3. Freeze up – We have seen these problems combine when water would get into the system, accumulate at a low point and freeze, blocking the proper function of the accumulator, resulting in extremely high pressure when the off-line pump was started up.

Because of the poor reliability we have seen with Plan 53B, we likely won’t be installing any more of these for a long, long time.

Johnny Pellin

RE: Mechanical Seal API Plan53B

(OP)
Thanks JJPellin,

Thanks for your inputs. based on your inputs, we will compare the API seal plans resulting in higher seal failure issue. From the seal flushing system side we have considered the auto refilling unit start-up well above (+1 barg) the required stuffing box/seal chamber pressure.

Considering seal failure identification, i think with API Plan 53B it is easy to locate, which mech. seal has failed i.e. (DE or NDE), but as in case of common seal supply system as in API plan 54, it is difficult to detect the which side of seal has failed and some time both DE & NDE side mech. seal of pump has been replaced in confusion. This seems me to be advantage of having a API Plan 53B. Kindly correct me on this, if i am wrong.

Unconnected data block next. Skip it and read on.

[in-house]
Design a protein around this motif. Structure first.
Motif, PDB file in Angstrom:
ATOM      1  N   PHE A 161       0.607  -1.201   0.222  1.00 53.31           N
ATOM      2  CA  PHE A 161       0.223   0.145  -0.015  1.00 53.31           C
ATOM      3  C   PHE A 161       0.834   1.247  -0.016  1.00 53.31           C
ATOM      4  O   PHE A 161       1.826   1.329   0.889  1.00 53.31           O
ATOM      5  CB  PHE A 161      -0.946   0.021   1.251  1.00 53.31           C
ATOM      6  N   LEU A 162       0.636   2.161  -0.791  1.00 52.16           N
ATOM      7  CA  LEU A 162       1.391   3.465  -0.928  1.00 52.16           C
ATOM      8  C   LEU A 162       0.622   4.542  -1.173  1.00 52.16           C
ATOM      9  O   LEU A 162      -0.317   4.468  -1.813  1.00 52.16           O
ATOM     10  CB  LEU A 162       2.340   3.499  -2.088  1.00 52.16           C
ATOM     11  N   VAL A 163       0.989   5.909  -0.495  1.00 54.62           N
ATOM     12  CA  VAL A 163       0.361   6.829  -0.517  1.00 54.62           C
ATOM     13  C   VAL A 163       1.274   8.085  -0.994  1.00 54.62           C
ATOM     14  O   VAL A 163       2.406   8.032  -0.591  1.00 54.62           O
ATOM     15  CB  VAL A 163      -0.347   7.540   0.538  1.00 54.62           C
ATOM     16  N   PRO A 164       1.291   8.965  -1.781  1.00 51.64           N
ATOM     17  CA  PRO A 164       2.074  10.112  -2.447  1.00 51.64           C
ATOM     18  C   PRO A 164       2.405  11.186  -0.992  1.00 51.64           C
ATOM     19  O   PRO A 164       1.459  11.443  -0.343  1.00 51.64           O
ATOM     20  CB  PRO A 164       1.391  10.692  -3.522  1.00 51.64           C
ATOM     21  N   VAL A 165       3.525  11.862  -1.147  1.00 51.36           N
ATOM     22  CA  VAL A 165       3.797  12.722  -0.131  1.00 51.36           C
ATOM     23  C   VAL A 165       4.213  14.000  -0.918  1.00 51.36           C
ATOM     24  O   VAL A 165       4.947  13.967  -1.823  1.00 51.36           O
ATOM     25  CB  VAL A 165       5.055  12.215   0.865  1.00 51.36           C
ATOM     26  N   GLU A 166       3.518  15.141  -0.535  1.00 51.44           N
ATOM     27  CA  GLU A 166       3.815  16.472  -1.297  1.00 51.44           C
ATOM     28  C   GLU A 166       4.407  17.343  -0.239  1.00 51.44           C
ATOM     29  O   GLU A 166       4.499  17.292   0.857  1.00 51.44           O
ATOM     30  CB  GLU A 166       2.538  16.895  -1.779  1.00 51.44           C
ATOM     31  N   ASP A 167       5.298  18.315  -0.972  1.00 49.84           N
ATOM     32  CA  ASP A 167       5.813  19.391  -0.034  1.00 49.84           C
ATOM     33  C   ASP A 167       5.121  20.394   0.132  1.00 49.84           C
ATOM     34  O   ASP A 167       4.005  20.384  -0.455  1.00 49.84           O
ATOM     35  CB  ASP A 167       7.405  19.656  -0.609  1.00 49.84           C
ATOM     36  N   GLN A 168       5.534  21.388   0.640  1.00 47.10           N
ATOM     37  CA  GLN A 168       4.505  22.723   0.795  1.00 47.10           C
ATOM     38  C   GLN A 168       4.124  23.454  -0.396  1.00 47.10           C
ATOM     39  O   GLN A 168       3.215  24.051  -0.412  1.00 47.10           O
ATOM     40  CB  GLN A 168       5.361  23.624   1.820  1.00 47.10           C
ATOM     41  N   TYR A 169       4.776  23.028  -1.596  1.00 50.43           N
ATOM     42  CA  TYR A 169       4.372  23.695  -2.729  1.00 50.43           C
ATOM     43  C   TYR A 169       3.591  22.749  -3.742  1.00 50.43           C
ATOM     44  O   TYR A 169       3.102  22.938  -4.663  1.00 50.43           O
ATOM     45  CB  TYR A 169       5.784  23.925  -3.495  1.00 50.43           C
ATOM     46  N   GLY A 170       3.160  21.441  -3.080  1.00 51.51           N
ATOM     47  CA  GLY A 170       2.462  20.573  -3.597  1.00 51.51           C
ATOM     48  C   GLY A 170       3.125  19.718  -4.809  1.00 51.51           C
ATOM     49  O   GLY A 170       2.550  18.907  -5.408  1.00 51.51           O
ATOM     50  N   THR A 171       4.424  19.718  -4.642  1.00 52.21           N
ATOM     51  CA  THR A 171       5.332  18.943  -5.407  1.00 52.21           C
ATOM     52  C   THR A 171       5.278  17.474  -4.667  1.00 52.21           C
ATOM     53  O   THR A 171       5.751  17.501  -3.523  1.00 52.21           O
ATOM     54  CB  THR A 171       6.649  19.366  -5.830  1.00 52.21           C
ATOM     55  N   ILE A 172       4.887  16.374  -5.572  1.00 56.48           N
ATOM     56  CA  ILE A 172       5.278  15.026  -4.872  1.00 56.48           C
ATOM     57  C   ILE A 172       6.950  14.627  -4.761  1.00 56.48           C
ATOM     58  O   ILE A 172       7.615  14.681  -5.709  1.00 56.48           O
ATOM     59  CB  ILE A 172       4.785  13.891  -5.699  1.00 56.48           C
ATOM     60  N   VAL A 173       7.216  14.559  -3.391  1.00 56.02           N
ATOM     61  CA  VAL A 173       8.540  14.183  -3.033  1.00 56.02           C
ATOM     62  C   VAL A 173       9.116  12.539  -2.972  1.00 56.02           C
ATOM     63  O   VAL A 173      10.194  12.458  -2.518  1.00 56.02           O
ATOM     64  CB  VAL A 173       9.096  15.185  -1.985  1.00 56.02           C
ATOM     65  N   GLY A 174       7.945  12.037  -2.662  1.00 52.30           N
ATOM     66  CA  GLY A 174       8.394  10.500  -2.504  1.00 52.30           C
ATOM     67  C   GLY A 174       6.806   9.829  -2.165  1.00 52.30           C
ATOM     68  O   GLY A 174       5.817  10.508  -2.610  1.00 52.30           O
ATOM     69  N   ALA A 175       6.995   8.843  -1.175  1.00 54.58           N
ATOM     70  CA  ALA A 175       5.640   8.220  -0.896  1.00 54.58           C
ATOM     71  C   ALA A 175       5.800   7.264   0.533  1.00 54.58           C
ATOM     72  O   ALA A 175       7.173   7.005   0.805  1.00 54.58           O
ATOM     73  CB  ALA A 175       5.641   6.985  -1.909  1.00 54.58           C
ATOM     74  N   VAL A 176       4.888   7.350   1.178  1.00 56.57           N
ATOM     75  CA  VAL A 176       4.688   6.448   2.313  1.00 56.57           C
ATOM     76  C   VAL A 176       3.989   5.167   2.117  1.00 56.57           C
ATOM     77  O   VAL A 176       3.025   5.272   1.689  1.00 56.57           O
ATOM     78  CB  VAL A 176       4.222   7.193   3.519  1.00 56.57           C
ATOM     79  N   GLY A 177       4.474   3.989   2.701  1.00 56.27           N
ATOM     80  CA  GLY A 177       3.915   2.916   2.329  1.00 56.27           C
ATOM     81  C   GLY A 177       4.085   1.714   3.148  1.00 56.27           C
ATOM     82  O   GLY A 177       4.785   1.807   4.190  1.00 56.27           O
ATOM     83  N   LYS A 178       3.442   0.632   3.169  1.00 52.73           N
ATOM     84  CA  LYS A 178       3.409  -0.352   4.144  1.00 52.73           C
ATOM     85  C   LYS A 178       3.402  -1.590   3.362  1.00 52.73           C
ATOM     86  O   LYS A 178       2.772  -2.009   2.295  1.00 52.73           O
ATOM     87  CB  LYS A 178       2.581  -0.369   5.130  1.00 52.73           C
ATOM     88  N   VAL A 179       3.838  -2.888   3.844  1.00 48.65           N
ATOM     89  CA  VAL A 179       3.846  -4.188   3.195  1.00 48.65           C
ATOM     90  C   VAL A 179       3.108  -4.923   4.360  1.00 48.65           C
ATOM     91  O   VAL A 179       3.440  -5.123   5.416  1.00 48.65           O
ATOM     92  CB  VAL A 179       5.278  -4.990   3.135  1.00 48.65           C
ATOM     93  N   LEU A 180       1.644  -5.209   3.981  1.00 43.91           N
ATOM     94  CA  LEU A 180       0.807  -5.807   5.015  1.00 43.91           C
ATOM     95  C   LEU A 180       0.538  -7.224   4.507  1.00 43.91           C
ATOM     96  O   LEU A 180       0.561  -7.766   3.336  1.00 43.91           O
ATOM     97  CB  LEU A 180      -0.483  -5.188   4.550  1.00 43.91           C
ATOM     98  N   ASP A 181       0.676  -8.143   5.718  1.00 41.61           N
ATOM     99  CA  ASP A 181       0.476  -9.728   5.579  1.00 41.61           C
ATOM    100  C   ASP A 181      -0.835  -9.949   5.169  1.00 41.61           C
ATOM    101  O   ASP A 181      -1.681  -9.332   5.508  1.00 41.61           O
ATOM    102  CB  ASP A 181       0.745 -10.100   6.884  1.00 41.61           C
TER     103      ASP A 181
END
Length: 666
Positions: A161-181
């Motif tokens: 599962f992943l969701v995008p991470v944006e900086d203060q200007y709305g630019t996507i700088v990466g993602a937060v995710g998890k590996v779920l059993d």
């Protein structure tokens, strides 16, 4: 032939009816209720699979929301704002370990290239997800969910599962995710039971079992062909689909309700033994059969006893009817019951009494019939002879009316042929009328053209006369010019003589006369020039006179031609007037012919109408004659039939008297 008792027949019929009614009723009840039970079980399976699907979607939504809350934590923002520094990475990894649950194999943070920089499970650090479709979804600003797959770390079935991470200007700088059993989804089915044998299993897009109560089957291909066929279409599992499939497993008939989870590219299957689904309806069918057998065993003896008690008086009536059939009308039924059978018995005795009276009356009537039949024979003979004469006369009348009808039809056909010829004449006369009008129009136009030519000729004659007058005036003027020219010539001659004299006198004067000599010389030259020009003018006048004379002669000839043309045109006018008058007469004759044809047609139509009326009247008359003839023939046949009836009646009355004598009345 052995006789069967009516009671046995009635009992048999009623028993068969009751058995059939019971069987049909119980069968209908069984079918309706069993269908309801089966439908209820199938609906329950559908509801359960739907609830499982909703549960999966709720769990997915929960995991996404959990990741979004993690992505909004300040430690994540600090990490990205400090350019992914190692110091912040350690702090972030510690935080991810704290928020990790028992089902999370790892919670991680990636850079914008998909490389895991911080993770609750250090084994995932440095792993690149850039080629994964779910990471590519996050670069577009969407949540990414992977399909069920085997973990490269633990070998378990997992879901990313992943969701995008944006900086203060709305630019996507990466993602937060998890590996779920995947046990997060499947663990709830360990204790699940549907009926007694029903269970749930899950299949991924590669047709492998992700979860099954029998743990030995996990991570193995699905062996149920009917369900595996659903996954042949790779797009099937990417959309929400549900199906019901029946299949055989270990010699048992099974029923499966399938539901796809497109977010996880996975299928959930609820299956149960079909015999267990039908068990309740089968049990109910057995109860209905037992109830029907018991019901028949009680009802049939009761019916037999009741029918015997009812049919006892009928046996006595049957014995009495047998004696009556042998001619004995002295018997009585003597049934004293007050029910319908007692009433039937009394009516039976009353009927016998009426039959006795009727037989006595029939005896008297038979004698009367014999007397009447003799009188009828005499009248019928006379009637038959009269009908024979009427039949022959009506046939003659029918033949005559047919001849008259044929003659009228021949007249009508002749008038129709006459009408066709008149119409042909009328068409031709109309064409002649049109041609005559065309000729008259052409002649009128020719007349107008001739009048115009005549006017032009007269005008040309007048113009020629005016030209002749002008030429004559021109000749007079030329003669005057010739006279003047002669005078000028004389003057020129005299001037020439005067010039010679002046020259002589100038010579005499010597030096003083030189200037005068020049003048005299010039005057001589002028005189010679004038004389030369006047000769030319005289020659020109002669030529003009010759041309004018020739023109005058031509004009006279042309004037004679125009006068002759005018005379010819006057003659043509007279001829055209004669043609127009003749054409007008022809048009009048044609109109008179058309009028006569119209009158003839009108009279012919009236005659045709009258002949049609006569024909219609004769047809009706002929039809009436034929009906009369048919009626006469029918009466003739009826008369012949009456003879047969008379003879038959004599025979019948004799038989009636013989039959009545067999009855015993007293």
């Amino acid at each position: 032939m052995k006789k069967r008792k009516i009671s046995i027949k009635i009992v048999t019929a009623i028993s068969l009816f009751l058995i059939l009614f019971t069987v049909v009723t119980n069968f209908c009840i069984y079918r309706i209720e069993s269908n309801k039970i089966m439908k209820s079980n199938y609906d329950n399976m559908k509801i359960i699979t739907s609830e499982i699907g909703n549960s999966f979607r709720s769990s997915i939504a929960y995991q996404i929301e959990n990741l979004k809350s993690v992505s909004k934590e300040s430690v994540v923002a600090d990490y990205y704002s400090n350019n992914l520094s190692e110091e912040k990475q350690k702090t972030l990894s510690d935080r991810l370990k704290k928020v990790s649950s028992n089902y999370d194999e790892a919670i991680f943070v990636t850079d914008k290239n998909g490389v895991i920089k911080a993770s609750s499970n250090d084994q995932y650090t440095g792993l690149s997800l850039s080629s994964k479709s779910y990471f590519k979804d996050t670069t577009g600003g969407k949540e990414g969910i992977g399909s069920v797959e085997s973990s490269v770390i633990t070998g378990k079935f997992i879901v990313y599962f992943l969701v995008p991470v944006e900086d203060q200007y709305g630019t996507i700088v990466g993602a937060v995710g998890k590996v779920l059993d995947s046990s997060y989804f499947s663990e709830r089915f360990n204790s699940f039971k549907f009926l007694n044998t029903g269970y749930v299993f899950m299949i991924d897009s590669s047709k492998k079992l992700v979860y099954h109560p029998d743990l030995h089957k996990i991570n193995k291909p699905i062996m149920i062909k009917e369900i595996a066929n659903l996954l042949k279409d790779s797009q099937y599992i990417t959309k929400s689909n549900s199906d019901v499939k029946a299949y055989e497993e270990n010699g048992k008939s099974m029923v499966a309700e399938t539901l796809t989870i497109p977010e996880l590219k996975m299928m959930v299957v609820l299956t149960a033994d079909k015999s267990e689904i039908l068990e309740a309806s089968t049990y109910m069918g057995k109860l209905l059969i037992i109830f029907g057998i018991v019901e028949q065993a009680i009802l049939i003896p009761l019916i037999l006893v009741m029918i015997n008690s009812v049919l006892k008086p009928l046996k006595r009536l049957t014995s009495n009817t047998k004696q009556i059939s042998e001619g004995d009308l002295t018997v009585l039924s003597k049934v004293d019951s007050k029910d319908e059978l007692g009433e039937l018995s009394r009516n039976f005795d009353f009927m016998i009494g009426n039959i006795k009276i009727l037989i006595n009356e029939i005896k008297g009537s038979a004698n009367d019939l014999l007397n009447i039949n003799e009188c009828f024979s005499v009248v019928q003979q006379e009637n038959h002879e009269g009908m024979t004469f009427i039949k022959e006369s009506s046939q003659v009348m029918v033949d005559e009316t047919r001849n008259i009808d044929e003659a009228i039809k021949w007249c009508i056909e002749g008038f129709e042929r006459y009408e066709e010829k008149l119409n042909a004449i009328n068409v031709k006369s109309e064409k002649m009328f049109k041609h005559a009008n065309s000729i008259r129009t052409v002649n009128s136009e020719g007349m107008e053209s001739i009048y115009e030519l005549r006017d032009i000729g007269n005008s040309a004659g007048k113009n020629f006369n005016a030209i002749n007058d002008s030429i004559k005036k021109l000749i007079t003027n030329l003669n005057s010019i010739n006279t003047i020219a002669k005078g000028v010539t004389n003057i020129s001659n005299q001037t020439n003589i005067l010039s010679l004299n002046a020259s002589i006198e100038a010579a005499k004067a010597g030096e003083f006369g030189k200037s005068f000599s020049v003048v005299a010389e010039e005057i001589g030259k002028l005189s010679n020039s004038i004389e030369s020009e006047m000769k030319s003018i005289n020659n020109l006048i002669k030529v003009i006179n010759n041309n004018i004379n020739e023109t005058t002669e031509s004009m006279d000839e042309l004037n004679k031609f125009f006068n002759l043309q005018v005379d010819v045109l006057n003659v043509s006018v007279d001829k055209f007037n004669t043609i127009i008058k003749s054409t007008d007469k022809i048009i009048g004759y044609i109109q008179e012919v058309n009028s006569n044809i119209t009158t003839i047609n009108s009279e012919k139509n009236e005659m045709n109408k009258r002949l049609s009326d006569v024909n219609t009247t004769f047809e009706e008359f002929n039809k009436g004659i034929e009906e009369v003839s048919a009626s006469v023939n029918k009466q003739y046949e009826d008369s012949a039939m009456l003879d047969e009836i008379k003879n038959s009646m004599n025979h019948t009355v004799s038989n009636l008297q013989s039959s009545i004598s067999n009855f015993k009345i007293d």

Thanks

RE: Mechanical Seal API Plan53B

Your pressures do not seem so high as to require a Plan 53B. I would consider a Plan 53A before I would jump to a Plan 54. You are correct, with a Plan 54, it is not immediately obvious which seal has an internal leak. But, a simple test can be done to determine which to replace. Block in each seal on the inlet and outlet for a few seconds. The seal which is leaking will bleed down the trapped pressure between the block valves quickly. A good seal with no internal leakage, the pressure will build as the trapped fluid heats up and expands. For final effluent water, I am not sure why you need a pressurized dual seal at all. A Plan 52 could provide a simpler system and better reliability.

Johnny Pellin

RE: Mechanical Seal API Plan53B

(OP)
Hi,
I need concern over following points related to Mechanical Seal: